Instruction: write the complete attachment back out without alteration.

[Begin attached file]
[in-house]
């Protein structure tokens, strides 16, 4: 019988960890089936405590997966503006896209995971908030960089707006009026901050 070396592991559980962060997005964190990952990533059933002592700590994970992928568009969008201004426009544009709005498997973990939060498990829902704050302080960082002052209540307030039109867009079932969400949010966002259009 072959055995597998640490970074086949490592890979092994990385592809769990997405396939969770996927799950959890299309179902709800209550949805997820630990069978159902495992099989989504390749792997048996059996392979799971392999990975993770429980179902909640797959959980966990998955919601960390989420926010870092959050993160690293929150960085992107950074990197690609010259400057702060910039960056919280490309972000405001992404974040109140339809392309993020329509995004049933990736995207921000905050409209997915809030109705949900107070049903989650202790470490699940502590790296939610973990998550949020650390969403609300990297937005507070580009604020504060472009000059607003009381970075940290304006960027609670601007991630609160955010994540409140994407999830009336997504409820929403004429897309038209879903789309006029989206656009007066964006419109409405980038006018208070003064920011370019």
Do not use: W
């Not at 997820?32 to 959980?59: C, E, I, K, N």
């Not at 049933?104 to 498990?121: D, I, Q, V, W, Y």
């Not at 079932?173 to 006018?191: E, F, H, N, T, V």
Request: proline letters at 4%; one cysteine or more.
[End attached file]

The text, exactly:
[in-house]
């Protein structure tokens, strides 16, 4: 019988960890089936405590997966503006896209995971908030960089707006009026901050 070396592991559980962060997005964190990952990533059933002592700590994970992928568009969008201004426009544009709005498997973990939060498990829902704050302080960082002052209540307030039109867009079932969400949010966002259009 072959055995597998640490970074086949490592890979092994990385592809769990997405396939969770996927799950959890299309179902709800209550949805997820630990069978159902495992099989989504390749792997048996059996392979799971392999990975993770429980179902909640797959959980966990998955919601960390989420926010870092959050993160690293929150960085992107950074990197690609010259400057702060910039960056919280490309972000405001992404974040109140339809392309993020329509995004049933990736995207921000905050409209997915809030109705949900107070049903989650202790470490699940502590790296939610973990998550949020650390969403609300990297937005507070580009604020504060472009000059607003009381970075940290304006960027609670601007991630609160955010994540409140994407999830009336997504409820929403004429897309038209879903789309006029989206656009007066964006419109409405980038006018208070003064920011370019």
Do not use: W
């Not at 997820?32 to 959980?59: C, E, I, K, N």
């Not at 049933?104 to 498990?121: D, I, Q, V, W, Y």
């Not at 079932?173 to 006018?191: E, F, H, N, T, V």
Request: proline letters at 4%; one cysteine or more.